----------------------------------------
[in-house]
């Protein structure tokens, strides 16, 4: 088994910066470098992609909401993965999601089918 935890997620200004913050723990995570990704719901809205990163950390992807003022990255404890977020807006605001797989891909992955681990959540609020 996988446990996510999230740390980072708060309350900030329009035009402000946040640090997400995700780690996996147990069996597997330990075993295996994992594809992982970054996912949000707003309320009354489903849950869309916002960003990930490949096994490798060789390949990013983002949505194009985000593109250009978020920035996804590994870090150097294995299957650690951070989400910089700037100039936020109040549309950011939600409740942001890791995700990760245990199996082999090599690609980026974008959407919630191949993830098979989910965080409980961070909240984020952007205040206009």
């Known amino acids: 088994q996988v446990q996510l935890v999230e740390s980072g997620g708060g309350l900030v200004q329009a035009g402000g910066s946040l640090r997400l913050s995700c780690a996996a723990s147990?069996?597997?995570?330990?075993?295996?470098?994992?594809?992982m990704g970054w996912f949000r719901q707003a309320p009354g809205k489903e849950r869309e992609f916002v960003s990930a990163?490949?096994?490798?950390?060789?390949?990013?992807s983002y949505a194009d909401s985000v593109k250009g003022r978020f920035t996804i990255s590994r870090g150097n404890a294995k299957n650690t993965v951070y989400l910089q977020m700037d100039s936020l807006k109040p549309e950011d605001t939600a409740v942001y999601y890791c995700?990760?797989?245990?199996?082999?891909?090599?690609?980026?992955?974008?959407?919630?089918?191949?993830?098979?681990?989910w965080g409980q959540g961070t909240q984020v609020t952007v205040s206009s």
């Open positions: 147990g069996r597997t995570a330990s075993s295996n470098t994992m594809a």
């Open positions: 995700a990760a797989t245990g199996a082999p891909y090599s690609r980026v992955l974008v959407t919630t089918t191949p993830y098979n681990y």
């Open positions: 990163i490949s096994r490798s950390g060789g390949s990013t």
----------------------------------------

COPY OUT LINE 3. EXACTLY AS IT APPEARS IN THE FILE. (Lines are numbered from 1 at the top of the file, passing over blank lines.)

């Known amino acids: 088994q996988v446990q996510l935890v999230e740390s980072g997620g708060g309350l900030v200004q329009a035009g402000g910066s946040l640090r997400l913050s995700c780690a996996a723990s147990?069996?597997?995570?330990?075993?295996?470098?994992?594809?992982m990704g970054w996912f949000r719901q707003a309320p009354g809205k489903e849950r869309e992609f916002v960003s990930a990163?490949?096994?490798?950390?060789?390949?990013?992807s983002y949505a194009d909401s985000v593109k250009g003022r978020f920035t996804i990255s590994r870090g150097n404890a294995k299957n650690t993965v951070y989400l910089q977020m700037d100039s936020l807006k109040p549309e950011d605001t939600a409740v942001y999601y890791c995700?990760?797989?245990?199996?082999?891909?090599?690609?980026?992955?974008?959407?919630?089918?191949?993830?098979?681990?989910w965080g409980q959540g961070t909240q984020v609020t952007v205040s206009s």